In addition to making Chinese research available to the rest of the world, it is also vital for Western publishers to engage with China on future scientific endeavours so that shared scientific pursuits are cohesive. In an effort to lay the groundwork for this dialogue, in 2006 Springer established the Springer Chinese Scientific Publishing Advisory Board – which, in part, seeks to nurture the exchange and cooperation between Chinese scientists and their counterparts in the rest of the world.

Springer’s Chinese Library of Science (CLoS) is the largest collection of research from China in English, consisting of almost 90 English-language scientific journals – of which 45 are now indexed in the Thomson Reuters index. With these publications, researchers and library users worldwide gain access to Chinese scientific work that was once not easily available to the international scientific community. All the CLoS journals have international editorial boards, with most of them counting at least one third of their members from countries outside China.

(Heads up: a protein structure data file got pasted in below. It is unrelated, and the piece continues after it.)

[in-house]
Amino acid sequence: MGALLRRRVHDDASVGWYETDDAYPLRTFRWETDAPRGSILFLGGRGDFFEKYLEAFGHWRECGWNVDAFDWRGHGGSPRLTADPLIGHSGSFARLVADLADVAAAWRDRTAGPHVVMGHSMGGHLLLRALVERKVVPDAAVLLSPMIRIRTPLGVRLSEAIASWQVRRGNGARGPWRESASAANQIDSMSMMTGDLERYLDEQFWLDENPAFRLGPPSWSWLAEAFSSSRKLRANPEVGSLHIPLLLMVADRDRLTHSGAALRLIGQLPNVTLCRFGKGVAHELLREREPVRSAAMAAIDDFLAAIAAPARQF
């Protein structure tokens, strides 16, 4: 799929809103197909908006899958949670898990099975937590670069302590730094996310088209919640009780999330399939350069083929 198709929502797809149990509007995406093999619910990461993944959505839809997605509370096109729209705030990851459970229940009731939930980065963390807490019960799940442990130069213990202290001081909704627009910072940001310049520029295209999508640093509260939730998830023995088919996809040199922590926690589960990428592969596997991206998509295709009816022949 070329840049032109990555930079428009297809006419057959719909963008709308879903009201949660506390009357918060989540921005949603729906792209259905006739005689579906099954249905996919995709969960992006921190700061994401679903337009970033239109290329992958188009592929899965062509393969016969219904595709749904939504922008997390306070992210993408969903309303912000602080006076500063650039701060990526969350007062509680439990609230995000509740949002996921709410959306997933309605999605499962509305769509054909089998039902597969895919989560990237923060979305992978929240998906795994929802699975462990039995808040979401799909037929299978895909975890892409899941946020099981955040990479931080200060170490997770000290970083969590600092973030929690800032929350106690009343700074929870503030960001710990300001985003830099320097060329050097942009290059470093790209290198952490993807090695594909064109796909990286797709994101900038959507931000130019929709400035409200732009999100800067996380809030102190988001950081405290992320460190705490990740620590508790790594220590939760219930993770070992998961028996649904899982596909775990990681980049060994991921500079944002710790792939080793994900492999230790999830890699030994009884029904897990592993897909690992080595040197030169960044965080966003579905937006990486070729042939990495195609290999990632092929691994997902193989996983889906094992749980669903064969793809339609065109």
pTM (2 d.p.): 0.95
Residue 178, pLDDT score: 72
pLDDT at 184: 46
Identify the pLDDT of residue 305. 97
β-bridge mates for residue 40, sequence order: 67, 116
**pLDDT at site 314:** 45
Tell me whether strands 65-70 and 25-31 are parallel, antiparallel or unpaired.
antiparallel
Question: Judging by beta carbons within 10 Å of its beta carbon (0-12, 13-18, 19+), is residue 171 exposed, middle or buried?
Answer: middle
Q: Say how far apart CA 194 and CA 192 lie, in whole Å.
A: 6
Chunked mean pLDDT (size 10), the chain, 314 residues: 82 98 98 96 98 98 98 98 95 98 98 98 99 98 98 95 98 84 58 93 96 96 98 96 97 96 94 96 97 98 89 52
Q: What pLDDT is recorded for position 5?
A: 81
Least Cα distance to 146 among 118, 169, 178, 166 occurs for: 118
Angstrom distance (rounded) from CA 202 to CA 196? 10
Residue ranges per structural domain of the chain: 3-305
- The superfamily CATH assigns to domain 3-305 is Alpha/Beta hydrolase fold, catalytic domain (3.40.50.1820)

Deborah Yang is Chinese but works for Charlesworth in the USA as its account manager and communication officer. She has experience of academic research in both China and the West

For Western publishers in China, if a journal has a high impact factor, it is easier to get subscriptions. Budgets are a big concern to users or librarians and they only allocate funding to journals that are absolutely essential or rank top in their subject area.

For publishers who do not have high impact factors, the marketing work will be comparatively harder.

For Chinese publishers in the West, the big challenge can be the language. Many Chinese researchers have problems with this.